There’s not all that much that’s surprising about Dark Blue, but there’s enough to recommend it beyond its inevitable, shortcut-to-video fate. To start with, like so many Kurt Russell enterprises, the movie’s star delivers more earnestness and hard work than can rightly be expected from an actor that’s been in the business for forty years and yet still always seems to be only on the verge of a major breakthrough.It’s a shame in some ways, but Russell is the perfect actor for a movie like this; he clearly aspires to act the hell out of the limits of just about every role, much as director Ron Shelton clearly aspired to direct the hell out of a script that, despite being based on a story by James Ellroy and being penned by David Ayer, has that quality of not quite being finished.
What they achieve is often farily predictable (you live in a world of wonderment if you are truly surprised by the second act’s major death scene) but it is often bracing, thrilling and brave on its own relative terms. The filmmakers get points major points for not flinching in their use of the Los Angeles riots of 1992 as a backdrop. A less inventive or even a more artful’ film would have delegated the riots to a mere supporting role, but Dark Blue’ has enough conviction to drag its audience by the collar directly into the riot zone. I lived in downtown L.A. in 1992, and what I saw on screen is a convincing re-enactment of what I watched on the sidewalks of Wilshire Boulevard.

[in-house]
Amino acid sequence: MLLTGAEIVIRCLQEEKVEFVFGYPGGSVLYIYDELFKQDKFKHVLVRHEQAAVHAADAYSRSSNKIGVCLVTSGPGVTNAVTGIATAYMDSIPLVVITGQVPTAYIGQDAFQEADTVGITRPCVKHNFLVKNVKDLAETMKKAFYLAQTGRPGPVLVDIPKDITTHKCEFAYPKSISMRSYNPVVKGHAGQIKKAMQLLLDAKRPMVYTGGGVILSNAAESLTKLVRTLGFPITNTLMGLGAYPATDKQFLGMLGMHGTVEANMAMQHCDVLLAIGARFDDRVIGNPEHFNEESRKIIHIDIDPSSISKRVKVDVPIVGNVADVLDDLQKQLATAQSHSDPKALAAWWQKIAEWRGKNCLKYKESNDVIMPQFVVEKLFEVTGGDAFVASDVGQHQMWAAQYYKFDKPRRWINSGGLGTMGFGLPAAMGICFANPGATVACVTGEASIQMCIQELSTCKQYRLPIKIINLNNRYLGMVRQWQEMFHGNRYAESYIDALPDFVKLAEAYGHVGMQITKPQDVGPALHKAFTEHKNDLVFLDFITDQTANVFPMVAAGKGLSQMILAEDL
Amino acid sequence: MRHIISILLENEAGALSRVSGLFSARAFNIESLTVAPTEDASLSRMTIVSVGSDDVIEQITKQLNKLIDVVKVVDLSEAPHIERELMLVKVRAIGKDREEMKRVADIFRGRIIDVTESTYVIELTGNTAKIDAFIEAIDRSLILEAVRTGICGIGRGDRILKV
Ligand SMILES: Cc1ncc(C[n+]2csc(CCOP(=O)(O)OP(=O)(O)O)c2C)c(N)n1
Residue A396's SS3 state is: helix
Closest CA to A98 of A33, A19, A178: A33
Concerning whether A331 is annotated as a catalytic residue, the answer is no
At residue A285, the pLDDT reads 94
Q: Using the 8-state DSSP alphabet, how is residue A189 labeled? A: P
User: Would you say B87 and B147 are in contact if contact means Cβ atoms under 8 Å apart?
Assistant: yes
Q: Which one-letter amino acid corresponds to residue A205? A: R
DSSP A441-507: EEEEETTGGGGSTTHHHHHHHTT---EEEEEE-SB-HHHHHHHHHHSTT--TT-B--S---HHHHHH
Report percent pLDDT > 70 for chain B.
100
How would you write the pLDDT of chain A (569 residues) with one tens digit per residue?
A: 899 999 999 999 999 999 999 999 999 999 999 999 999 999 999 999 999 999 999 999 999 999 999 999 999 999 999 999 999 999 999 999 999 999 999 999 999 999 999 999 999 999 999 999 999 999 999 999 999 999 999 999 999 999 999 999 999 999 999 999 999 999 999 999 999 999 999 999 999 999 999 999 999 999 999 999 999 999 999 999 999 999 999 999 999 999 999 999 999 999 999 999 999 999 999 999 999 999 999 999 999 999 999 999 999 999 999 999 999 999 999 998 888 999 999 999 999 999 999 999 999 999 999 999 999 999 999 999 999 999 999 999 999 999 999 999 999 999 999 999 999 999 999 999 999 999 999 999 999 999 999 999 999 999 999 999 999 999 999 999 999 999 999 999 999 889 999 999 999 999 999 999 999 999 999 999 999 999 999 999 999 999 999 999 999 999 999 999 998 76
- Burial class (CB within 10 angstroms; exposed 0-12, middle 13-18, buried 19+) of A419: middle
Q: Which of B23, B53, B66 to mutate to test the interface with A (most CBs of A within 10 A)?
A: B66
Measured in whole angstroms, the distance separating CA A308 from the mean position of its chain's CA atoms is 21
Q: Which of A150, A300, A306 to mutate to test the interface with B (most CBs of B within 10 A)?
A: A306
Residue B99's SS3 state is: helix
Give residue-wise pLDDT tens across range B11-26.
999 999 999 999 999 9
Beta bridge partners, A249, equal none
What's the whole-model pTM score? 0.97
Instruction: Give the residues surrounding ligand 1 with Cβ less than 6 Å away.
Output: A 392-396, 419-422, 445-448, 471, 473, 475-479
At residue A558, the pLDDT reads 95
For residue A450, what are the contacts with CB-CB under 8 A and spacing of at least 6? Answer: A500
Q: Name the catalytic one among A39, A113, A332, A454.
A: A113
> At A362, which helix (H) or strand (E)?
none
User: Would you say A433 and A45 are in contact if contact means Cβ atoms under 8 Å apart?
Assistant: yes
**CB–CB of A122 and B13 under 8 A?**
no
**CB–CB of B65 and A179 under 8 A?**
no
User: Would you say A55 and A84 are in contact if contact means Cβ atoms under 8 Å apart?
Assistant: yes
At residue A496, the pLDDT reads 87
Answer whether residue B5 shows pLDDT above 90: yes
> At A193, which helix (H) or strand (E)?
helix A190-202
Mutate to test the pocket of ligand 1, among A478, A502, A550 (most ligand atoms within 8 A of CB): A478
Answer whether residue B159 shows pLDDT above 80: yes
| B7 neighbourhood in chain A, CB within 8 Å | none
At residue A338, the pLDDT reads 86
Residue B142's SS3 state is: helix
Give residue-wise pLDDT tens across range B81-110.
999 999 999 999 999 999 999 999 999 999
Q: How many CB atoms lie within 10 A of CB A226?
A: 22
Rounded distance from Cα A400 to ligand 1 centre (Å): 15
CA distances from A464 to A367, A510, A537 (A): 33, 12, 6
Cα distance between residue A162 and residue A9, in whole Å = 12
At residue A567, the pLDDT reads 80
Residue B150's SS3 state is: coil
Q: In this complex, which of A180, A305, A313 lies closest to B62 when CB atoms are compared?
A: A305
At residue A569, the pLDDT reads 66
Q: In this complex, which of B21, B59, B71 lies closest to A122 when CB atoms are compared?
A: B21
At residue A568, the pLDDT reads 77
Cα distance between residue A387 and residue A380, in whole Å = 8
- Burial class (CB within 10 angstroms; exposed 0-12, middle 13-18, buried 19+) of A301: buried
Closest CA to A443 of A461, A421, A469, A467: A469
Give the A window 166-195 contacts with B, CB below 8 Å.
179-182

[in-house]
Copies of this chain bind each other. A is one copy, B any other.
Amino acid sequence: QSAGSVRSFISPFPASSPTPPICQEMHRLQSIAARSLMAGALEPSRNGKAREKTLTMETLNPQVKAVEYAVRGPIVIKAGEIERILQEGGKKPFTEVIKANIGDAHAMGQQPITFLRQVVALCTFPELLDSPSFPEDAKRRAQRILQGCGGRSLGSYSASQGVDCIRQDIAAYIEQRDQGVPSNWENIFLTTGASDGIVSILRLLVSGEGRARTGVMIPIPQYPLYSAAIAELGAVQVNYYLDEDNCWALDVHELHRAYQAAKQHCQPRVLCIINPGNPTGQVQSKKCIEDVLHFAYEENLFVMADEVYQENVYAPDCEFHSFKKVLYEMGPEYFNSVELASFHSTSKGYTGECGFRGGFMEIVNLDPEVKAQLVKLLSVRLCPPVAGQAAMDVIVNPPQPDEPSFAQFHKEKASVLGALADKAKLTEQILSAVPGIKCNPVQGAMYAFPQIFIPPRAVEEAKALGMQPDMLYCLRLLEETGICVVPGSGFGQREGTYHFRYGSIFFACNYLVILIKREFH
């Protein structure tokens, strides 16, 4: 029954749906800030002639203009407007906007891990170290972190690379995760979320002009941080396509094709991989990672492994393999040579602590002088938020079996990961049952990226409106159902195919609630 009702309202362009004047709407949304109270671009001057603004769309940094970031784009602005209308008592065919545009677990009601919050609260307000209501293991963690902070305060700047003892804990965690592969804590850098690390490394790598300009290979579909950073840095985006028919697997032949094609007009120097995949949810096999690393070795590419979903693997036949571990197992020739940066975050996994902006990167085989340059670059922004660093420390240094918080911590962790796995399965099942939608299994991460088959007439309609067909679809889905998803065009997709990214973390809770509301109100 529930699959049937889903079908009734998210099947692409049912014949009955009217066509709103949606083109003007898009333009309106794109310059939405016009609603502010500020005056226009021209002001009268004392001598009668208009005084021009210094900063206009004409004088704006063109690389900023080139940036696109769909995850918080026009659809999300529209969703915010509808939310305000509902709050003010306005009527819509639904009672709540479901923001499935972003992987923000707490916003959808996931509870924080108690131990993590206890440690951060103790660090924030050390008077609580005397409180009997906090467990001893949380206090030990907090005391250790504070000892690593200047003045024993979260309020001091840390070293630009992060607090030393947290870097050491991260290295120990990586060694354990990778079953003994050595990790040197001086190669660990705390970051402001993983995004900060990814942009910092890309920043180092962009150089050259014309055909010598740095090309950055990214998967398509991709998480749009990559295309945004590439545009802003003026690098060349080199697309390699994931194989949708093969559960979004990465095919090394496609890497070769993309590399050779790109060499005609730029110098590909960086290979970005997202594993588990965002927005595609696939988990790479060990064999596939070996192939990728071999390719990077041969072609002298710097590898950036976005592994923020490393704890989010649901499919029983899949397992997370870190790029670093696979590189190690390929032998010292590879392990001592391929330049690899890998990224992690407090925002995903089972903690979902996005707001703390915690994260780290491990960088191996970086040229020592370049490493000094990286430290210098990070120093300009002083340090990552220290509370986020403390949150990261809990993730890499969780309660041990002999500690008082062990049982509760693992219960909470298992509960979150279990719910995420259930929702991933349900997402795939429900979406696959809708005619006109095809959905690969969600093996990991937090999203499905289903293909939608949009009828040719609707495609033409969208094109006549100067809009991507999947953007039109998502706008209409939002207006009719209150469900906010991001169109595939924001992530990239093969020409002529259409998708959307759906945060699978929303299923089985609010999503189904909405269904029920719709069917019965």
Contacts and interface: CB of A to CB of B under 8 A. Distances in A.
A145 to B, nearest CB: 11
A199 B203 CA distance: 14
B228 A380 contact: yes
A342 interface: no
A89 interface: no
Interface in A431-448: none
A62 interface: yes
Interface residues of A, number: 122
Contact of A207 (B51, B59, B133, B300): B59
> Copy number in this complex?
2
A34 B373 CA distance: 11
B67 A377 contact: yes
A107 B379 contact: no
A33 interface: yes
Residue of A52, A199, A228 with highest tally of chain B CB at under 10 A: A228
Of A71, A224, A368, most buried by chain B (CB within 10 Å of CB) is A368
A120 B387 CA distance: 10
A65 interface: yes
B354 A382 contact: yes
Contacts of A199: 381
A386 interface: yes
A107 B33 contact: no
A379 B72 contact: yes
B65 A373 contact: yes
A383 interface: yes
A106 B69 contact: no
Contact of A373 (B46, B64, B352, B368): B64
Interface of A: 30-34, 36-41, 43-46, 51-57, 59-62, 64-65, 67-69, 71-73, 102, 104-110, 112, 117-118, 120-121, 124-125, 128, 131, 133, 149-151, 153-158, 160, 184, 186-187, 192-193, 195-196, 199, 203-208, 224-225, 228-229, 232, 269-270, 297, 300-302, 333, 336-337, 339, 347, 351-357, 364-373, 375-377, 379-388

In the end though, it’s not quite enough. The third act, which for such a willingly untidy movie resolves itself too patly, lacks the wollop promised by the frequently gripping dialogue that precedes it. And Dark Blues similarity to Joe Carnahan’s excellent Narc works against it. For gritty crime dramas disrupted by a rude injection of moral ambiguity, your ten dollars are better spent on that film.